Saturday, December 18, 2010
Between now and New Year's Day, one of my favorite games involves psychic readings for the coming year. I'm not talking about doing the readings for others; I ask my friends to read for me. When I ask, inevitably most of my friends will initially say, "But I'm not psychic," or "I don't know how to do a reading," or "I can't." What happens next is I say, "Just close your eyes for a moment, take a deep breath, then visualize me sometime in 2011. What do you see?" Within seconds, my friends are reading like professionals. Like I always say, we are ALL shamans, every one of us. We all have a third eye that will open if only we bother to take a breath or two, let go of the "can't" mindset, get curious.
We're all psychic, we're all shamans - and yet we all have blind spots, too. Oh man, do we ever. The biggest problem with psychic readings is the interpretation of what comes through. You know that saying lost in translation? It works in the realm of psychic vision, too. Every image, sensation or emotion that arrives through the ethereal is filtered, just like "real world" information, though our values, our world view. Interpretation of astral messages is likewise shaped by individual history. All the adventures of our lives color the way we perceive everything, both psychic and "real."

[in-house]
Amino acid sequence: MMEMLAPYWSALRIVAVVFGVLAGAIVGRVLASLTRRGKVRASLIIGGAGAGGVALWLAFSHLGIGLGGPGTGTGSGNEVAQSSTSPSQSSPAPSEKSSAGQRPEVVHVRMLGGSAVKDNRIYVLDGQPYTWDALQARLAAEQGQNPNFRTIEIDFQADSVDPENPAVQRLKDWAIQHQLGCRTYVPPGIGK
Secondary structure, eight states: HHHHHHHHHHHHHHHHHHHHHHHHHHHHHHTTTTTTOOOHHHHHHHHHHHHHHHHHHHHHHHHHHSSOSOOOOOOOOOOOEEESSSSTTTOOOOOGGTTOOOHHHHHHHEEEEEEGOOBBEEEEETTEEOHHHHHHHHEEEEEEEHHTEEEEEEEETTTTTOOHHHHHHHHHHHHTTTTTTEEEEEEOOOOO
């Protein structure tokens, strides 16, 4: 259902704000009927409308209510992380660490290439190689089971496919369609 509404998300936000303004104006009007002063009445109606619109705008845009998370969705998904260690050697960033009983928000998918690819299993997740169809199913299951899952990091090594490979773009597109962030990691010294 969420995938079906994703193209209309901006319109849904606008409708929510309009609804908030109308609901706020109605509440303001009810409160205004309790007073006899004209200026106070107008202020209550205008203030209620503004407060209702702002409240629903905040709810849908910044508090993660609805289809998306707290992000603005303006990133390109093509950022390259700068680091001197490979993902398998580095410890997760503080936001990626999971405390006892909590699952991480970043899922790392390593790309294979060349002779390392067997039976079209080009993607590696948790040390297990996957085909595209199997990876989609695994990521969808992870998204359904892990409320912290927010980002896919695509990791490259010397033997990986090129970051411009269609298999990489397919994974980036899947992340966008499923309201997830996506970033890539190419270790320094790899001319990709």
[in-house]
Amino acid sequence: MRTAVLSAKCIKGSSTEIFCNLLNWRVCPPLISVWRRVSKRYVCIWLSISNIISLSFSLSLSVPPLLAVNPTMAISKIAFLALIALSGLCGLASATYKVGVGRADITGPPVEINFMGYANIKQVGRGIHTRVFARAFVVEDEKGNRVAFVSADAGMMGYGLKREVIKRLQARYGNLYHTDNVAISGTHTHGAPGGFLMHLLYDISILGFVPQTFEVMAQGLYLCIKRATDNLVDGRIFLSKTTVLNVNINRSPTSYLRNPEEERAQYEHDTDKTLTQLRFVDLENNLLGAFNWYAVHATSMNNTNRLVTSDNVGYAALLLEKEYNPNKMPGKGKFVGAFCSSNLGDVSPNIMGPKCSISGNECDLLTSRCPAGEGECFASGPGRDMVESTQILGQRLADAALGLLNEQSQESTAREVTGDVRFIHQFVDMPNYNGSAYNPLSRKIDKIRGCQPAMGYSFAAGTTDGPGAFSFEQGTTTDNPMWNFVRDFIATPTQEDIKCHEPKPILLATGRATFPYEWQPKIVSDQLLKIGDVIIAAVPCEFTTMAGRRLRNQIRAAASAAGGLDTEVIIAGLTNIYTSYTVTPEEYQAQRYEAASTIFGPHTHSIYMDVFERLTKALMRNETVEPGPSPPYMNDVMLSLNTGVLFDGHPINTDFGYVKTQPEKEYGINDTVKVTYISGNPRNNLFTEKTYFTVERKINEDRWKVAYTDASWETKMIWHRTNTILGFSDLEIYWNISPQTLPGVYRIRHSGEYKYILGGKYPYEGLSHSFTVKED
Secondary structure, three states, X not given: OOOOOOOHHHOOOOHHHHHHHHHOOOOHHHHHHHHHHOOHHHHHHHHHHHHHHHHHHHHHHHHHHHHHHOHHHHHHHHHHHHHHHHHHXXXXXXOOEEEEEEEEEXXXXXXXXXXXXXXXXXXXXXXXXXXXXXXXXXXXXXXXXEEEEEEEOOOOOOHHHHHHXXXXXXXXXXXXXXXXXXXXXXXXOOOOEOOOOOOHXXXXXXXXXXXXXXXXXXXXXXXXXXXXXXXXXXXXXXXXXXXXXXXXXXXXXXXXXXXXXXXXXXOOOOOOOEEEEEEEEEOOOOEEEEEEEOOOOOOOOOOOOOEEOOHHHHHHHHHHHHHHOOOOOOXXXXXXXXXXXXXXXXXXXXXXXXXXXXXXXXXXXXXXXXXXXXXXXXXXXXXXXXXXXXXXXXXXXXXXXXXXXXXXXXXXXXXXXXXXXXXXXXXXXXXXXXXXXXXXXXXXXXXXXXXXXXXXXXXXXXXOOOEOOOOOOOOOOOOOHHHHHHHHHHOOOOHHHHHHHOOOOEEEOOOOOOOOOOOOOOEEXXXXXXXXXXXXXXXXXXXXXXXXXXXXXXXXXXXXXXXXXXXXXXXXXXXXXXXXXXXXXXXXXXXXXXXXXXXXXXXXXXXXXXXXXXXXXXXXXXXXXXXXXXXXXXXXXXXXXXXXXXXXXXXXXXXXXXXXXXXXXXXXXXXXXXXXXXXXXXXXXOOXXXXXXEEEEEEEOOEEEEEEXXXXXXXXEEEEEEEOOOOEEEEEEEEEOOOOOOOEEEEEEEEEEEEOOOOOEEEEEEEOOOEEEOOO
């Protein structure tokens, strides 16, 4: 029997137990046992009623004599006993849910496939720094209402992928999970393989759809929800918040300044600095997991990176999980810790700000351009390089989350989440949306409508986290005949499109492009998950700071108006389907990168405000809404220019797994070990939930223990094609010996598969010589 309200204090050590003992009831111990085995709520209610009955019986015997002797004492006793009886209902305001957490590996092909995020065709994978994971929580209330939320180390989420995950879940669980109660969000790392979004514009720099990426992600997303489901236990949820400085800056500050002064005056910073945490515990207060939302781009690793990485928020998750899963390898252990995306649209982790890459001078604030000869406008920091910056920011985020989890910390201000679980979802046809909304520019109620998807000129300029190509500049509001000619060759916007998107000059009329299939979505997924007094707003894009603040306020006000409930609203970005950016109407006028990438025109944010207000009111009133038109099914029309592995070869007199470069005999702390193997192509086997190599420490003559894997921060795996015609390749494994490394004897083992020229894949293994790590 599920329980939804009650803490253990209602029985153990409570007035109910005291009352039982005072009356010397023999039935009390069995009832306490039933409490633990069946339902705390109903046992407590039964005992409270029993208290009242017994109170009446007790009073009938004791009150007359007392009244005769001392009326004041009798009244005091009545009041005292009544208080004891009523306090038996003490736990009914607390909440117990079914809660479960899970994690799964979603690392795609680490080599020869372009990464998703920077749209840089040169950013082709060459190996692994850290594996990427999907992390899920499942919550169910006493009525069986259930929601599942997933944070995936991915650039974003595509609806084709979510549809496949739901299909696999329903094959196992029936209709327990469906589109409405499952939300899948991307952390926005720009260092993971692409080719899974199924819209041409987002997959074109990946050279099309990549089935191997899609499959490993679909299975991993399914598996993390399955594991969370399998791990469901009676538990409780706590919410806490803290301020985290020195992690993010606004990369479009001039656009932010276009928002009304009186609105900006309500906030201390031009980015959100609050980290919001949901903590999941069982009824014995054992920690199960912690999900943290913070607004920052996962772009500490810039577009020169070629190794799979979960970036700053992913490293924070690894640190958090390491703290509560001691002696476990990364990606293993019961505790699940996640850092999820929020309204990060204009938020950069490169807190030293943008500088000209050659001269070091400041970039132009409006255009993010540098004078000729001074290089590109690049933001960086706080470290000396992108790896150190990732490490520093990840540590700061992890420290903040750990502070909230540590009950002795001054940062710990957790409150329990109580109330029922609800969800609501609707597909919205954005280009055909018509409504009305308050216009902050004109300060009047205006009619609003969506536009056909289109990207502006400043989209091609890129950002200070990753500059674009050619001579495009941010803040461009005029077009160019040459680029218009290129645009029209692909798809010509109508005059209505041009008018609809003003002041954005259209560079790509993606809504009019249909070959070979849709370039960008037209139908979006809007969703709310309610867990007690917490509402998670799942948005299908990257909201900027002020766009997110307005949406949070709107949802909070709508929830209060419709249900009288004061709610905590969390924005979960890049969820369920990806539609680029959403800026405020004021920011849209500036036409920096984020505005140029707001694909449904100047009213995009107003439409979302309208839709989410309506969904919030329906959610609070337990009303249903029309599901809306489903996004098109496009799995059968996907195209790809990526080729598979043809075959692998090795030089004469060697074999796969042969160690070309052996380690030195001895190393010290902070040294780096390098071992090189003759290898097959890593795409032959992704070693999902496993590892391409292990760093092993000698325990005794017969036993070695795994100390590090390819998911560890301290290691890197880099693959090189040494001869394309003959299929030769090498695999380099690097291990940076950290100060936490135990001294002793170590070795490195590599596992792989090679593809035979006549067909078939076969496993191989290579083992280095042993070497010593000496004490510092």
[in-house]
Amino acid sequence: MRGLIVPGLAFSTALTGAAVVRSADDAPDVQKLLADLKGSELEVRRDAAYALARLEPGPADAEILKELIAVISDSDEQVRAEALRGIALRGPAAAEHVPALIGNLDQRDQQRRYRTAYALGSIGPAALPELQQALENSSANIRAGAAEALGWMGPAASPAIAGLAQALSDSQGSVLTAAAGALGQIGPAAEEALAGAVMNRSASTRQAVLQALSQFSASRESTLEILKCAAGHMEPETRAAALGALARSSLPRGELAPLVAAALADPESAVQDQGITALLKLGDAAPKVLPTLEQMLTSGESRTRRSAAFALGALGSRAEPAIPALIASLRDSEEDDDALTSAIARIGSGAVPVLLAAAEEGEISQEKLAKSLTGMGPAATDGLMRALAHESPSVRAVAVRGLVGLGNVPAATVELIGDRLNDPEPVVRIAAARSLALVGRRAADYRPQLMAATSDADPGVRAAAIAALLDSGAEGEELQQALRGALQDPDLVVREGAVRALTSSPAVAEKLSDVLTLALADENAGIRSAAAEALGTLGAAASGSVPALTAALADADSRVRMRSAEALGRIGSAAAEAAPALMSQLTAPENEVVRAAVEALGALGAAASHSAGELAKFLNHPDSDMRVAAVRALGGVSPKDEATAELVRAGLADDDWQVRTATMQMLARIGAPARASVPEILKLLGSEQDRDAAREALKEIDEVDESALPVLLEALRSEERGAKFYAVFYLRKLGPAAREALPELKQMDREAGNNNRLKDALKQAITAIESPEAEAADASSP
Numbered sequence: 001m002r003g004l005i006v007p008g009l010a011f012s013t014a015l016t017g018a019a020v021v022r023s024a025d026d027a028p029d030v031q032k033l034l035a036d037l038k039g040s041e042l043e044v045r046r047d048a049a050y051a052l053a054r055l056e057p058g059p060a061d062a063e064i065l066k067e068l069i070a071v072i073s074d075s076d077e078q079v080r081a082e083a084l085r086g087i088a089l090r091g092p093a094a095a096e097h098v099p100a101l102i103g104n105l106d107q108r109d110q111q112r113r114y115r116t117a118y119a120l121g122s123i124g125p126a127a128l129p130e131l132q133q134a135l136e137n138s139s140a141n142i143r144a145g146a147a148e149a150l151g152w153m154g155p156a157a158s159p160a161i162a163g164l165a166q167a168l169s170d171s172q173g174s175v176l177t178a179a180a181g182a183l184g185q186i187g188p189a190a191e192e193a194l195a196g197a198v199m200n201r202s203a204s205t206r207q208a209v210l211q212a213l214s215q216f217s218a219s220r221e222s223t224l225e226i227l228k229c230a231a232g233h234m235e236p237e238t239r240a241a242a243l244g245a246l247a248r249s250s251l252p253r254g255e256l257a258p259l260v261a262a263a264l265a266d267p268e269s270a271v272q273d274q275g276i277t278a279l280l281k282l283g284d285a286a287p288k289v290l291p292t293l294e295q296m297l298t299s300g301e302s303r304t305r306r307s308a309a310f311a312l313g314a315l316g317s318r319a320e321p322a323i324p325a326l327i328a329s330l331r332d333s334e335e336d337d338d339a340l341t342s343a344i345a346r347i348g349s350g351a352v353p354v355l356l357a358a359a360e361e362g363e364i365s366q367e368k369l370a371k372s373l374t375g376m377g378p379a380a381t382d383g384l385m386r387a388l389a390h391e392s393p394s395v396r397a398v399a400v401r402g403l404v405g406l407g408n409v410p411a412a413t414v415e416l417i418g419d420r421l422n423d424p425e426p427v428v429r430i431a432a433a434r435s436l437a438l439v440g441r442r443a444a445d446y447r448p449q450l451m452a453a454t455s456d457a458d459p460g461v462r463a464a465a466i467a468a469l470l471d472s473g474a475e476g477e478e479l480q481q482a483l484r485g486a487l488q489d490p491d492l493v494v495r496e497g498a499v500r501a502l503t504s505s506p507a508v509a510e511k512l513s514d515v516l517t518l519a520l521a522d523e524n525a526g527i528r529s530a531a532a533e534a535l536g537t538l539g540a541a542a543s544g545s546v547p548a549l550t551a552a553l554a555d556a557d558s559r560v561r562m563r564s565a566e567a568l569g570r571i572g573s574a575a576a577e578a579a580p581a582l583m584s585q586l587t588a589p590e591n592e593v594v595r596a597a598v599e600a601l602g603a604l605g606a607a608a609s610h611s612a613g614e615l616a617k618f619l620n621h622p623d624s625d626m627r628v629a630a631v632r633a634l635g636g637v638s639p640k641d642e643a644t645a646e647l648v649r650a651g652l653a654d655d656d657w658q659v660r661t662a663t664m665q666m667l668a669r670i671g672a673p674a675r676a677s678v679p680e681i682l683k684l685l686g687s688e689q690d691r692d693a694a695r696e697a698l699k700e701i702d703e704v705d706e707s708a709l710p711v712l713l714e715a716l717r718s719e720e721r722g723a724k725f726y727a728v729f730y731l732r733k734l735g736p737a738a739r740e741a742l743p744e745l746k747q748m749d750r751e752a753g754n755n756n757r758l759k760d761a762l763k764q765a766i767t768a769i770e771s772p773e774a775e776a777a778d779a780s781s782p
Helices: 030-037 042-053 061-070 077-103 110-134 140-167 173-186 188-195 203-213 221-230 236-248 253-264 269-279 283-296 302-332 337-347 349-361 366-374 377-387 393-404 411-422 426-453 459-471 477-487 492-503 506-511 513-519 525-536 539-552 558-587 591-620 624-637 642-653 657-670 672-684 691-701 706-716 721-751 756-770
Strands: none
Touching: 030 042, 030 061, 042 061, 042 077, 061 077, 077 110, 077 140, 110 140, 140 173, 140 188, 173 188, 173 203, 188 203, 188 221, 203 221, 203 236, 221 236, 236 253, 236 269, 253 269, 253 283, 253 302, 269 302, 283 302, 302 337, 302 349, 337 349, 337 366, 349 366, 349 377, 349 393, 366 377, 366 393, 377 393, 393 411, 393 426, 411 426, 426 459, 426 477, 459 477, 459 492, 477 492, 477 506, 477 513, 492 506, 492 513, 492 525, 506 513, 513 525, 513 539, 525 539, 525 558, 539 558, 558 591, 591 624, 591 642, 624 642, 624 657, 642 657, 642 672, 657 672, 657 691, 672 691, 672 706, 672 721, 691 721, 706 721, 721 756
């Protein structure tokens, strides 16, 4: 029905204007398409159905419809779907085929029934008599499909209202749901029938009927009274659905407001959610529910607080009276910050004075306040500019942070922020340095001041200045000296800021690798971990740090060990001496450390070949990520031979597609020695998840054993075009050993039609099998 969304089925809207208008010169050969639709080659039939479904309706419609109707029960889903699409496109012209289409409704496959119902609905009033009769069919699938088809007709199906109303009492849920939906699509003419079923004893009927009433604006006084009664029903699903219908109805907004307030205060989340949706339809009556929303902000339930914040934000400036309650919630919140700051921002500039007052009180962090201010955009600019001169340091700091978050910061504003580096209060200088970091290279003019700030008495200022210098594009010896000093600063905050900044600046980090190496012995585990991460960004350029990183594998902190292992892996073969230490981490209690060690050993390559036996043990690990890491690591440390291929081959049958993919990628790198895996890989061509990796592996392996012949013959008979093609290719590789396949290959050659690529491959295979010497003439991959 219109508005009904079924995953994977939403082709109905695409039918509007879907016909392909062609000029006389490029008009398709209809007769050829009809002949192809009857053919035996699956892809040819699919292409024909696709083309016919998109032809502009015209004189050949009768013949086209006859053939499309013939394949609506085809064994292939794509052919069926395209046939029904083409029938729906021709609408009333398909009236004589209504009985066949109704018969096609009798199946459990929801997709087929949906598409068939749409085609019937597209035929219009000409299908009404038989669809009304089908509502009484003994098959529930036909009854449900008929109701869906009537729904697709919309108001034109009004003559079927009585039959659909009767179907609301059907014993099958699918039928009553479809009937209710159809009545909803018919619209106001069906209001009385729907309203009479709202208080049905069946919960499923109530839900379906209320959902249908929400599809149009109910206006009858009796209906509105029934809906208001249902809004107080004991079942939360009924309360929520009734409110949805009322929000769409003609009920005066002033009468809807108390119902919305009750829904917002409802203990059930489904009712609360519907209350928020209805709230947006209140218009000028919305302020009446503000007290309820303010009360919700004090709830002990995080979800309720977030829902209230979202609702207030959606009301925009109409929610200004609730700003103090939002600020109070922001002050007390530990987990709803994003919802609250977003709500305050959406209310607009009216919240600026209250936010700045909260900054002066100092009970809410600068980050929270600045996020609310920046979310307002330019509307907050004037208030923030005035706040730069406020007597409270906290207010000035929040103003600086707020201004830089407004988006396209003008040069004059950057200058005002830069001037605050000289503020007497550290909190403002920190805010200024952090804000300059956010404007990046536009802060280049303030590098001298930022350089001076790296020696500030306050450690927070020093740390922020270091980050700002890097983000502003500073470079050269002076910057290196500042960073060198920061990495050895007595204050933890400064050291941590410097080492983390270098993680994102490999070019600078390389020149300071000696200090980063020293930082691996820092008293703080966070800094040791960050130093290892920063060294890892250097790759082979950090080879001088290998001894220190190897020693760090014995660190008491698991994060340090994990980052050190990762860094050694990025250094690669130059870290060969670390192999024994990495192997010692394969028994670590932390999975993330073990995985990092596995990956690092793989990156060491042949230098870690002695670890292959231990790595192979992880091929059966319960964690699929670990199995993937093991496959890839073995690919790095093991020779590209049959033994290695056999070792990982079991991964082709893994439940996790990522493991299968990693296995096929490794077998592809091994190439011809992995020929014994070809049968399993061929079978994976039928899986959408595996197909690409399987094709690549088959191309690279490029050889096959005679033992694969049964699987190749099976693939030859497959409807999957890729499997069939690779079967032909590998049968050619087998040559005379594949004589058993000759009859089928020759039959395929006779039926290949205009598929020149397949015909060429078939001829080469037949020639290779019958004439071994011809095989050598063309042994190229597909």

I'm thinking this morning about Betty Friedan, the incredible visionary whose book The Feminine Mystique radically changed American society. The book is well worth reading - wow. She saw through the cultural norms of the '50's, she did her homework, she figured it out and wrote about it so articulately. Towards the end of the book she writes about what happens when there is no national sense of purpose, when national identity is lost. It's so interesting to think about.
After that, she loses it a little bit. For instance, she has nothing good to say about the birth of the counterculture. She could see so much, but when it came to the beats, she didn't perceive that in order to punch through the feminine mystique, through the national regression that was 1950's sociey in America, we were going to need a whole lot of beat poetry, we were going to need Elvis, Bob Dylan and then the Beatles, James Brown, Jimi, Janis, psychedelics and a whole lot of sex, drugs and rock 'n roll. According to Betty we were all just supposed to snap out of the era of the Flintstones, grow up.
But of course it didn't happen that way, wouldn't, probably couldn't have unfolded in such a mature manner. We had to act out, seriously act out. Betty Friedan could see so much, but she didn't see it all. I should keep this in mind when I get all involved and uppity about my sense of what is and what isn't, especially in terms of what is yet to come. No one (except God) can see The Big Picture. And yet - it's so fun to try, yes? I say yes! Happy Saturday, y'all. Shalom.